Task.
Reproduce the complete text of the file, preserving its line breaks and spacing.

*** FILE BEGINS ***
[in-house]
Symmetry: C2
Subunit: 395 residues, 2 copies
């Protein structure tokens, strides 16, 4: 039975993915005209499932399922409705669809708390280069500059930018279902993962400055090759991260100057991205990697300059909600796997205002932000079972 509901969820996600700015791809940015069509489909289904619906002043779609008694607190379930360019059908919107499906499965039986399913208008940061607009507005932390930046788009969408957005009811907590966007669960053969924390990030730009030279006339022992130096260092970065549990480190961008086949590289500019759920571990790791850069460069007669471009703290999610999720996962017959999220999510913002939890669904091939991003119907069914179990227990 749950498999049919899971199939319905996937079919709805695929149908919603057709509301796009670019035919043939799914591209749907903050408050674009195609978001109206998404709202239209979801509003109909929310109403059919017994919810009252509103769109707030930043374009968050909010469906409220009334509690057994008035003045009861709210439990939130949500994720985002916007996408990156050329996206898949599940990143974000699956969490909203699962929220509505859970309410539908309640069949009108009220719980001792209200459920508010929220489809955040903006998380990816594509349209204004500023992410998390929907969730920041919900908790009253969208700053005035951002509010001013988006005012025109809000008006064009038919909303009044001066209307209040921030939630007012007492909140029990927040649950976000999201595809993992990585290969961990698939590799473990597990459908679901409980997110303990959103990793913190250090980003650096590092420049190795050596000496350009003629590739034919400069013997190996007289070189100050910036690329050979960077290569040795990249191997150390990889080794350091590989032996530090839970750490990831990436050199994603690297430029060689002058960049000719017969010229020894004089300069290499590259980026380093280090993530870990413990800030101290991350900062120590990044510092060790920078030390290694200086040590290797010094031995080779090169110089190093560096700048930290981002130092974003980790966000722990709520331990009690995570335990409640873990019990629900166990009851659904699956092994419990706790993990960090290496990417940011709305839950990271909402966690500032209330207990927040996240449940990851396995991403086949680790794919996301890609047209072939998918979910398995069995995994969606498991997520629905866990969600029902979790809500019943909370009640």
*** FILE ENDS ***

[in-house]
Symmetry: C2
Subunit: 395 residues, 2 copies
């Protein structure tokens, strides 16, 4: 039975993915005209499932399922409705669809708390280069500059930018279902993962400055090759991260100057991205990697300059909600796997205002932000079972 509901969820996600700015791809940015069509489909289904619906002043779609008694607190379930360019059908919107499906499965039986399913208008940061607009507005932390930046788009969408957005009811907590966007669960053969924390990030730009030279006339022992130096260092970065549990480190961008086949590289500019759920571990790791850069460069007669471009703290999610999720996962017959999220999510913002939890669904091939991003119907069914179990227990 749950498999049919899971199939319905996937079919709805695929149908919603057709509301796009670019035919043939799914591209749907903050408050674009195609978001109206998404709202239209979801509003109909929310109403059919017994919810009252509103769109707030930043374009968050909010469906409220009334509690057994008035003045009861709210439990939130949500994720985002916007996408990156050329996206898949599940990143974000699956969490909203699962929220509505859970309410539908309640069949009108009220719980001792209200459920508010929220489809955040903006998380990816594509349209204004500023992410998390929907969730920041919900908790009253969208700053005035951002509010001013988006005012025109809000008006064009038919909303009044001066209307209040921030939630007012007492909140029990927040649950976000999201595809993992990585290969961990698939590799473990597990459908679901409980997110303990959103990793913190250090980003650096590092420049190795050596000496350009003629590739034919400069013997190996007289070189100050910036690329050979960077290569040795990249191997150390990889080794350091590989032996530090839970750490990831990436050199994603690297430029060689002058960049000719017969010229020894004089300069290499590259980026380093280090993530870990413990800030101290991350900062120590990044510092060790920078030390290694200086040590290797010094031995080779090169110089190093560096700048930290981002130092974003980790966000722990709520331990009690995570335990409640873990019990629900166990009851659904699956092994419990706790993990960090290496990417940011709305839950990271909402966690500032209330207990927040996240449940990851396995991403086949680790794919996301890609047209072939998918979910398995069995995994969606498991997520629905866990969600029902979790809500019943909370009640």